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The Great Resignation, Quiet Quitting: Signs of Values Misalignment in the Workplace

Updated: Oct 18, 2022

The Great Resignation Peaked in 2021—But Workers Are Still Quitting in Droves

The Great Resignation peaked in 2021—an average of 4 million people left their jobs every month. While many point to the pandemic as a reason folks quit their jobs in such high numbers, others have theorized that the stress of the pandemic was the last straw, and that the rate at which people quit their jobs has been trending upwards for over a decade.

According to the BBC, several factors have led workers to leave their jobs:

  • Re-evaluating their values

  • Wanting to avoid high-risk jobs with low pay or no support, as such service or healthcare fields

  • Burnout

  • Lack of childcare

  • Shifts in supply and demand for the labor market

  • Low pay

  • Wanting to change careers

Many of these factors are still at play in most jobs across the country and the globe, which could explain why the rate at which people are quitting hasn’t let up. If we are to believe that the pandemic was the last straw in addition to these factors, given that the stress of the pandemic arguably hasn’t lessened much, explains why folks are still quitting far more than they were before the pandemic. It doesn’t seem to be slowing down.

The Role of Work in Our Lives Has Shifted

Not only have many people shifted from working in offices to working from home, but people are wanting more meaning out of their roles and their careers. Many people fuse their identity with the work they do. Because the pandemic was so stressful and even traumatic for many of us, it caused deep reflection on the way we spend our time—which means it caused reflection on what we do for work.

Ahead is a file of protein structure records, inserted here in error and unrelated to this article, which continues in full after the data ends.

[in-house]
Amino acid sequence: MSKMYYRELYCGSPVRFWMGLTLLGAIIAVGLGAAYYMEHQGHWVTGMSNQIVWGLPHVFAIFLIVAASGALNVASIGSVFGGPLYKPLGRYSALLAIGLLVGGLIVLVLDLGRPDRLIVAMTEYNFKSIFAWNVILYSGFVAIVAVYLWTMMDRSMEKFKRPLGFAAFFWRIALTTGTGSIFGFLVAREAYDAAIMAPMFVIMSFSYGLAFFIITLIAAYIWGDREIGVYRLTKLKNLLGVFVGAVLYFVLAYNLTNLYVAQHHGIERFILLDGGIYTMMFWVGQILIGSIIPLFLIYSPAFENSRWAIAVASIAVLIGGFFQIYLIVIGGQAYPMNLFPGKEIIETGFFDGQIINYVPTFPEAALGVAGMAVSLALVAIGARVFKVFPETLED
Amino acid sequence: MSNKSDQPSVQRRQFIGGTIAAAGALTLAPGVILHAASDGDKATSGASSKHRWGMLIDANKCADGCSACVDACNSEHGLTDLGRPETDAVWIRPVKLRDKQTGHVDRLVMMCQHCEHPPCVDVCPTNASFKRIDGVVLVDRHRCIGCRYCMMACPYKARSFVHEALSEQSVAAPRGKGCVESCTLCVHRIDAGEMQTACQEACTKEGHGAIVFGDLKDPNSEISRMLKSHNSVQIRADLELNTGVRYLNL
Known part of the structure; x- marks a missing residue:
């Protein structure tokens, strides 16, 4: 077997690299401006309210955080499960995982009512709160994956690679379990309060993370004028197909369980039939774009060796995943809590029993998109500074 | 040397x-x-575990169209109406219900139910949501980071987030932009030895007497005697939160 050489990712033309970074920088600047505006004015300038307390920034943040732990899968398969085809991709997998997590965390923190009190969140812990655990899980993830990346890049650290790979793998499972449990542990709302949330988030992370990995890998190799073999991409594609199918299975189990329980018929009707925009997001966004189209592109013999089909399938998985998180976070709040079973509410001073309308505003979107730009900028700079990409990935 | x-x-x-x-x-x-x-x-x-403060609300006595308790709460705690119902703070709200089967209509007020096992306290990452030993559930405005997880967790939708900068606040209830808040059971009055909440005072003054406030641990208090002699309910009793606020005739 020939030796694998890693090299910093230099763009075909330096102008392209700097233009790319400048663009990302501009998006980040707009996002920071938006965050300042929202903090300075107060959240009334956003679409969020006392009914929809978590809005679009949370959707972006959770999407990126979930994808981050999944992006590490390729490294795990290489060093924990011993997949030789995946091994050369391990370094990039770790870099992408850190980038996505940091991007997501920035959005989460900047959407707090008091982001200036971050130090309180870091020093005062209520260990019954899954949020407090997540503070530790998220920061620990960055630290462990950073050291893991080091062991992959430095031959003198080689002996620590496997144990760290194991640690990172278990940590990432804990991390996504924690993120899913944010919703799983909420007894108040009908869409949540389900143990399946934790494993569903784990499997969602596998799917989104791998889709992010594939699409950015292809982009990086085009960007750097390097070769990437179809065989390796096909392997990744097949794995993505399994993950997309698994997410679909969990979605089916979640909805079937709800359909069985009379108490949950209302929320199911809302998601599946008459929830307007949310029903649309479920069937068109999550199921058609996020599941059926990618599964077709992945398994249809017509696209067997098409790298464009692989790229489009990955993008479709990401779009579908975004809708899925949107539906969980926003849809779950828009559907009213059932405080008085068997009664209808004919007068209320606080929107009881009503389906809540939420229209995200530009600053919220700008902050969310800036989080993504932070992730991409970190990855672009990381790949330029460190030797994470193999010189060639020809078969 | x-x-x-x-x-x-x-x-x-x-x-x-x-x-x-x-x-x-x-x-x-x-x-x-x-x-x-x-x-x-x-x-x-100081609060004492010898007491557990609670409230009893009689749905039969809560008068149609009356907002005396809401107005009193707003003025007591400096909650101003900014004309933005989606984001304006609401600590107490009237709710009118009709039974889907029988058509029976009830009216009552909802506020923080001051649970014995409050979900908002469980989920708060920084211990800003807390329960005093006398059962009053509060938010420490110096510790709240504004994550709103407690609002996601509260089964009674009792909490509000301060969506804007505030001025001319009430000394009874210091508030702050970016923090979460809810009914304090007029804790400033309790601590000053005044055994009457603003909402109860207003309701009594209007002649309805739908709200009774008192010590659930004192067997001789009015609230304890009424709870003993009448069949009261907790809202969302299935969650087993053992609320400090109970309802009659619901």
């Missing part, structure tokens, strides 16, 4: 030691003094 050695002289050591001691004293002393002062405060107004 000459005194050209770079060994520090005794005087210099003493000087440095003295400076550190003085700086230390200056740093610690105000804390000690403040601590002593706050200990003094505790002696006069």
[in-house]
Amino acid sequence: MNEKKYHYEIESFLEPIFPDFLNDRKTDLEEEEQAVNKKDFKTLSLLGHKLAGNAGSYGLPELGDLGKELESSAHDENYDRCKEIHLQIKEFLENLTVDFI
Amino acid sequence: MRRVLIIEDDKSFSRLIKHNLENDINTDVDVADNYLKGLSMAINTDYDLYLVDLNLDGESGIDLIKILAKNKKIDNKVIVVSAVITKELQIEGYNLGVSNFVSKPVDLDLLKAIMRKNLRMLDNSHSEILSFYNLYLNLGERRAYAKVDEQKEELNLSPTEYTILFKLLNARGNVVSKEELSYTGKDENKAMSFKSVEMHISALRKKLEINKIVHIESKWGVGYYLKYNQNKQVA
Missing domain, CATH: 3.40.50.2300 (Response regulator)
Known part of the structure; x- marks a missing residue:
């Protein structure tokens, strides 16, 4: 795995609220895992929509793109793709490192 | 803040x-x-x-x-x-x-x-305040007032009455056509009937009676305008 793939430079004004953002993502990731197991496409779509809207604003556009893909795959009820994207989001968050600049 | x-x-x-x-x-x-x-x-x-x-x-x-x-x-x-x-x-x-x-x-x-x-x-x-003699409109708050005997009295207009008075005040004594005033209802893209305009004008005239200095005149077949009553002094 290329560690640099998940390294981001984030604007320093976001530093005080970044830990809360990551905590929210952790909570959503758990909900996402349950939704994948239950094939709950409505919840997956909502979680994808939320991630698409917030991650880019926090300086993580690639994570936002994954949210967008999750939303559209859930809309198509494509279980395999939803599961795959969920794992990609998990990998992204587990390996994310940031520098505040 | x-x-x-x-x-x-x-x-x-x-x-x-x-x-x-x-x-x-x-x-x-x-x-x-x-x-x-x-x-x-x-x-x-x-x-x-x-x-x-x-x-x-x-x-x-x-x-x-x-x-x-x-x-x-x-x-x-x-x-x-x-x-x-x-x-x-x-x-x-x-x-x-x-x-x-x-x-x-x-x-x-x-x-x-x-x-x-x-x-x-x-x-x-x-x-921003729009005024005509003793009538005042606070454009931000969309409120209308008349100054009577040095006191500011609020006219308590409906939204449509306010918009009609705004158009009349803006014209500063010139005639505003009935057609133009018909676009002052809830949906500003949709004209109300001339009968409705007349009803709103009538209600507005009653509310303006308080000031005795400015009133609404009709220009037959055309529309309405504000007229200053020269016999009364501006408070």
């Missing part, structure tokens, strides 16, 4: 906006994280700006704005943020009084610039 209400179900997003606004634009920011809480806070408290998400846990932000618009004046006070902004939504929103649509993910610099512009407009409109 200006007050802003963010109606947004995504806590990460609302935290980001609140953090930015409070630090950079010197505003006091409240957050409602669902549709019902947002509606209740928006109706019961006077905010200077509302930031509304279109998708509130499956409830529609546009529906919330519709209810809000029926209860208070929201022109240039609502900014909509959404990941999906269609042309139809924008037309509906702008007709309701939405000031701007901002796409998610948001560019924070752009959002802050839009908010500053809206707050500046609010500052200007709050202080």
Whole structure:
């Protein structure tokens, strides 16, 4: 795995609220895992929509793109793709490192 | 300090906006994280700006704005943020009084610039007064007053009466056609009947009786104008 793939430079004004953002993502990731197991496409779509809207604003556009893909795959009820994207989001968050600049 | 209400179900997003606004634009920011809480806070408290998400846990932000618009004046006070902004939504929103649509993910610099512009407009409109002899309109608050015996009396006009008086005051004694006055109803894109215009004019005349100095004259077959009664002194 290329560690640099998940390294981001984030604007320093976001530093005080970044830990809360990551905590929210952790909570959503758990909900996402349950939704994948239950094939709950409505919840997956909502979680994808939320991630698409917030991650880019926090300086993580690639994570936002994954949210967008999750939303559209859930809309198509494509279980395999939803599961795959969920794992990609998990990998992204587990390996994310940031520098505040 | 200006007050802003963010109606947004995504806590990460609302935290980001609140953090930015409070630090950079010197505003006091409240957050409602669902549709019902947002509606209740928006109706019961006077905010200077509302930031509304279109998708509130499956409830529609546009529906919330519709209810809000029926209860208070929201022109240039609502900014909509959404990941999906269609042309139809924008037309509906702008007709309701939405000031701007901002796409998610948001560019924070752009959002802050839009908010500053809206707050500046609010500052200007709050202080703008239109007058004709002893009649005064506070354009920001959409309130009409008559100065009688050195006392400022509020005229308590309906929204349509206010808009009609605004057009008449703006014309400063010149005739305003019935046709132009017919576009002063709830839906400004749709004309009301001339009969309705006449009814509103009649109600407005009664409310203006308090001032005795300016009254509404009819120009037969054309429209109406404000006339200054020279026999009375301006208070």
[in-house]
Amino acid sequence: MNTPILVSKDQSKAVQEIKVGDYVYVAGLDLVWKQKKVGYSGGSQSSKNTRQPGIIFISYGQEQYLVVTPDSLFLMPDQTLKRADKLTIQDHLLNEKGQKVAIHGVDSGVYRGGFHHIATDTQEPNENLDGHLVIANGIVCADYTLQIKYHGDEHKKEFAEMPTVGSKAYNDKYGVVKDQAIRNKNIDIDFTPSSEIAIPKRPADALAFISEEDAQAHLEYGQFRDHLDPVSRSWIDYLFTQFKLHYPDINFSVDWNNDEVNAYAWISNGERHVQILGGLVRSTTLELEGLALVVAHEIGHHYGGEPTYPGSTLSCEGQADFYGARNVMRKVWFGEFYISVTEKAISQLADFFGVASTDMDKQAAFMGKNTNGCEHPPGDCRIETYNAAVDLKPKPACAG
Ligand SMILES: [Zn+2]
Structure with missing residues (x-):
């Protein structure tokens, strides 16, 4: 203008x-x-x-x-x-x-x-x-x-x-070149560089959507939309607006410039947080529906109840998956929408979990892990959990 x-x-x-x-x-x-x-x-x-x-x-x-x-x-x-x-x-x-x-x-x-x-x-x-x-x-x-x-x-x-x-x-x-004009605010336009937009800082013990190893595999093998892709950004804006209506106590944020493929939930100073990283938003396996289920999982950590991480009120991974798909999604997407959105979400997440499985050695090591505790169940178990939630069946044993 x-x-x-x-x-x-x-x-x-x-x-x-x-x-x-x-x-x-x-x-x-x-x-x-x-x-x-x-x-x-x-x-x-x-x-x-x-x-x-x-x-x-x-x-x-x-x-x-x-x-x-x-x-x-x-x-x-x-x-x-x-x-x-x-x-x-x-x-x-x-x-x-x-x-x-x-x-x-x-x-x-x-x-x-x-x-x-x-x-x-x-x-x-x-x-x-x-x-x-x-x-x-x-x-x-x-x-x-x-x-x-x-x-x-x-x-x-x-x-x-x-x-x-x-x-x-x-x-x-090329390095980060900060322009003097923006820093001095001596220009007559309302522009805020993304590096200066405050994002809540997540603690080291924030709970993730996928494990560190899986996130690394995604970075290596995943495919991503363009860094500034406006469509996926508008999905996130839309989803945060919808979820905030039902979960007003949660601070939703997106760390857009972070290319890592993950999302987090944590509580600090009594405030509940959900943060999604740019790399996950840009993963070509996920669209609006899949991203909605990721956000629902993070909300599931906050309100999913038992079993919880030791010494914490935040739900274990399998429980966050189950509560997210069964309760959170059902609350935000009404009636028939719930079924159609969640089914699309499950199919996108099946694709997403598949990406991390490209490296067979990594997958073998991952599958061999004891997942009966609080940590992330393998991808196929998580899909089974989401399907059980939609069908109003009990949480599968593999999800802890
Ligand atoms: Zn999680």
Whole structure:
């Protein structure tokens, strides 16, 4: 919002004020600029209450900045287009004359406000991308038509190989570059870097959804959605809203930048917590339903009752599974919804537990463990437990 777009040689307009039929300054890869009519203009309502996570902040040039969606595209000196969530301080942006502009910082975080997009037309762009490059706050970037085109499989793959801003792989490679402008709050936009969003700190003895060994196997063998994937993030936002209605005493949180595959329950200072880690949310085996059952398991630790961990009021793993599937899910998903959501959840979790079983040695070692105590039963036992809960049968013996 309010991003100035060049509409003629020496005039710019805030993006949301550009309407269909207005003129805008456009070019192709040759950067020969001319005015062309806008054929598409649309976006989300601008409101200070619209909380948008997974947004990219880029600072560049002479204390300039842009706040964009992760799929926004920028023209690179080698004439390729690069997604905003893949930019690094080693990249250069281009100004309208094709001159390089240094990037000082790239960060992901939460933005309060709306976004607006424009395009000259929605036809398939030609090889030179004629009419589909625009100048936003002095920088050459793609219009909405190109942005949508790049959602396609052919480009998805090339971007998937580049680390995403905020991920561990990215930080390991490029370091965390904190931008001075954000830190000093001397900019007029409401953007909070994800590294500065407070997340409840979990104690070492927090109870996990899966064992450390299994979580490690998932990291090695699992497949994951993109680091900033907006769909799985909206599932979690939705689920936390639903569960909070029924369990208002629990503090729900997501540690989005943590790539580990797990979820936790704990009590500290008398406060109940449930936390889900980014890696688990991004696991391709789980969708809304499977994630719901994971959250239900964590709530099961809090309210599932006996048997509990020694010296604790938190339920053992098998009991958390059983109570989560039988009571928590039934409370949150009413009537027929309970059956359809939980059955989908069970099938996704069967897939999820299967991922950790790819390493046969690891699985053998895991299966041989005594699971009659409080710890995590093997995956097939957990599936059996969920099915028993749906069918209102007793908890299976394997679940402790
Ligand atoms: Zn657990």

The trauma of the pandemic caused deep reflection on how we spend our time—especially on what we do for work.

The threat of COVID-19 has prompted many of us to think more deeply about our individual contribution to our company or organization, as well as about the role of work and our jobs in life.

What Is “Quiet Quitting,” and Could It Be Another Symptom of Burnout?

With the onset of the pandemic, you could argue that we’re also experiencing a pandemic of burnout. In a 2021 survey by McKinsey & Company, 49% of employees globally reported feeling at least somewhat burned out. But many signs were pointing to employees feeling burned out even before the pandemic, and the Great Resignation could simply be an indicator that the pandemic was the last straw.